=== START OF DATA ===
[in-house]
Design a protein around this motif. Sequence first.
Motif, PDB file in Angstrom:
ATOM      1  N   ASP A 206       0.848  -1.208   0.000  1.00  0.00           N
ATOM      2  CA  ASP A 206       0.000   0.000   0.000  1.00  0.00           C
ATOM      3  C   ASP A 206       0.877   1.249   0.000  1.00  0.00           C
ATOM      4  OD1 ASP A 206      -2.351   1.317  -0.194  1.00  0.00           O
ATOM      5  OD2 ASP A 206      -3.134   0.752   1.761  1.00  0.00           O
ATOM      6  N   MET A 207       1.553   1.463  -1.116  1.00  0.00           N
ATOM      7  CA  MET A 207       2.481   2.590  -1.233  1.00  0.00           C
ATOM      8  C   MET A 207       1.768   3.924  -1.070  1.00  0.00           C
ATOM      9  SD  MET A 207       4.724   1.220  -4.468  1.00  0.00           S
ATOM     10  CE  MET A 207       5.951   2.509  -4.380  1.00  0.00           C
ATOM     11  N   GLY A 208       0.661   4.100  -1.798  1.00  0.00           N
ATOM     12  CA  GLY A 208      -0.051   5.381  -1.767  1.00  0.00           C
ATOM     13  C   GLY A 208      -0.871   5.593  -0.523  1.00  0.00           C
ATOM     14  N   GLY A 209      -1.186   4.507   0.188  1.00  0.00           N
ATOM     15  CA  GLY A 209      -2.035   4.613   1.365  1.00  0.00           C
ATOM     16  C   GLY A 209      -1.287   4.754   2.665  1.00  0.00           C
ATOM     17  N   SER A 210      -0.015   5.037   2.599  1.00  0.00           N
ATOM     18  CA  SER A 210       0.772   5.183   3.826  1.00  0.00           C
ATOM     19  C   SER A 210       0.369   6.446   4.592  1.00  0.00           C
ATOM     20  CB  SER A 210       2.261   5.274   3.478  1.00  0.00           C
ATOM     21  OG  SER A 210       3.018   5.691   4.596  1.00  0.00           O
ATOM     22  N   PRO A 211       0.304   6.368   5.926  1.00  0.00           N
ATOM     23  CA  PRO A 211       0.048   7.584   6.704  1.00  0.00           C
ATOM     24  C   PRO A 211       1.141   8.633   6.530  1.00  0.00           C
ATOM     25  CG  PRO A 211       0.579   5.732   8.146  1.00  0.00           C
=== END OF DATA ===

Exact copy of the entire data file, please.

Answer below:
[in-house]
Design a protein around this motif. Sequence first.
Motif, PDB file in Angstrom:
ATOM      1  N   ASP A 206       0.848  -1.208   0.000  1.00  0.00           N
ATOM      2  CA  ASP A 206       0.000   0.000   0.000  1.00  0.00           C
ATOM      3  C   ASP A 206       0.877   1.249   0.000  1.00  0.00           C
ATOM      4  OD1 ASP A 206      -2.351   1.317  -0.194  1.00  0.00           O
ATOM      5  OD2 ASP A 206      -3.134   0.752   1.761  1.00  0.00           O
ATOM      6  N   MET A 207       1.553   1.463  -1.116  1.00  0.00           N
ATOM      7  CA  MET A 207       2.481   2.590  -1.233  1.00  0.00           C
ATOM      8  C   MET A 207       1.768   3.924  -1.070  1.00  0.00           C
ATOM      9  SD  MET A 207       4.724   1.220  -4.468  1.00  0.00           S
ATOM     10  CE  MET A 207       5.951   2.509  -4.380  1.00  0.00           C
ATOM     11  N   GLY A 208       0.661   4.100  -1.798  1.00  0.00           N
ATOM     12  CA  GLY A 208      -0.051   5.381  -1.767  1.00  0.00           C
ATOM     13  C   GLY A 208      -0.871   5.593  -0.523  1.00  0.00           C
ATOM     14  N   GLY A 209      -1.186   4.507   0.188  1.00  0.00           N
ATOM     15  CA  GLY A 209      -2.035   4.613   1.365  1.00  0.00           C
ATOM     16  C   GLY A 209      -1.287   4.754   2.665  1.00  0.00           C
ATOM     17  N   SER A 210      -0.015   5.037   2.599  1.00  0.00           N
ATOM     18  CA  SER A 210       0.772   5.183   3.826  1.00  0.00           C
ATOM     19  C   SER A 210       0.369   6.446   4.592  1.00  0.00           C
ATOM     20  CB  SER A 210       2.261   5.274   3.478  1.00  0.00           C
ATOM     21  OG  SER A 210       3.018   5.691   4.596  1.00  0.00           O
ATOM     22  N   PRO A 211       0.304   6.368   5.926  1.00  0.00           N
ATOM     23  CA  PRO A 211       0.048   7.584   6.704  1.00  0.00           C
ATOM     24  C   PRO A 211       1.141   8.633   6.530  1.00  0.00           C
ATOM     25  CG  PRO A 211       0.579   5.732   8.146  1.00  0.00           C